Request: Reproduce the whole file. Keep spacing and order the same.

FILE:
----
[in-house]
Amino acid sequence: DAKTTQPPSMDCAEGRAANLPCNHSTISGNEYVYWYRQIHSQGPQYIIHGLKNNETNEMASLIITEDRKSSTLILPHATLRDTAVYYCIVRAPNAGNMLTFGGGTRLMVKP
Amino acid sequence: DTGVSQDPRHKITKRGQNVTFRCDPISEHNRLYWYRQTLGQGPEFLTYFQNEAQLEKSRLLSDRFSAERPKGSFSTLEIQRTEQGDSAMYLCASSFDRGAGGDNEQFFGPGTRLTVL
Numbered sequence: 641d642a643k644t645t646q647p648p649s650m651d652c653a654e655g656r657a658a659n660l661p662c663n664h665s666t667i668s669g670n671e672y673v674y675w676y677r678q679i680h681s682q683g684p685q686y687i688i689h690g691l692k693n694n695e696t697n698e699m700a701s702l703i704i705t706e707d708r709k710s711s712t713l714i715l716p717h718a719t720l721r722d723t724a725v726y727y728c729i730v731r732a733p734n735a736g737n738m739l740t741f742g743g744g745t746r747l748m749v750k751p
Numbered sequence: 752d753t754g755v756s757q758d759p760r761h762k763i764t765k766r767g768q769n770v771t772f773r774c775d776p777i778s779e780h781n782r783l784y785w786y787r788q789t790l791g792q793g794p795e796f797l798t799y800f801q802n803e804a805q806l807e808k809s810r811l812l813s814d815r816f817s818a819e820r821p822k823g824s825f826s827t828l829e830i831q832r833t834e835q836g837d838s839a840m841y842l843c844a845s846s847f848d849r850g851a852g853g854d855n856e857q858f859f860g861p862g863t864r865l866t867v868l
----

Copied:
[in-house]
Amino acid sequence: DAKTTQPPSMDCAEGRAANLPCNHSTISGNEYVYWYRQIHSQGPQYIIHGLKNNETNEMASLIITEDRKSSTLILPHATLRDTAVYYCIVRAPNAGNMLTFGGGTRLMVKP
Amino acid sequence: DTGVSQDPRHKITKRGQNVTFRCDPISEHNRLYWYRQTLGQGPEFLTYFQNEAQLEKSRLLSDRFSAERPKGSFSTLEIQRTEQGDSAMYLCASSFDRGAGGDNEQFFGPGTRLTVL
Numbered sequence: 641d642a643k644t645t646q647p648p649s650m651d652c653a654e655g656r657a658a659n660l661p662c663n664h665s666t667i668s669g670n671e672y673v674y675w676y677r678q679i680h681s682q683g684p685q686y687i688i689h690g691l692k693n694n695e696t697n698e699m700a701s702l703i704i705t706e707d708r709k710s711s712t713l714i715l716p717h718a719t720l721r722d723t724a725v726y727y728c729i730v731r732a733p734n735a736g737n738m739l740t741f742g743g744g745t746r747l748m749v750k751p
Numbered sequence: 752d753t754g755v756s757q758d759p760r761h762k763i764t765k766r767g768q769n770v771t772f773r774c775d776p777i778s779e780h781n782r783l784y785w786y787r788q789t790l791g792q793g794p795e796f797l798t799y800f801q802n803e804a805q806l807e808k809s810r811l812l813s814d815r816f817s818a819e820r821p822k823g824s825f826s827t828l829e830i831q832r833t834e835q836g837d838s839a840m841y842l843c844a845s846s847f848d849r850g851a852g853g854d855n856e857q858f859f860g861p862g863t864r865l866t867v868l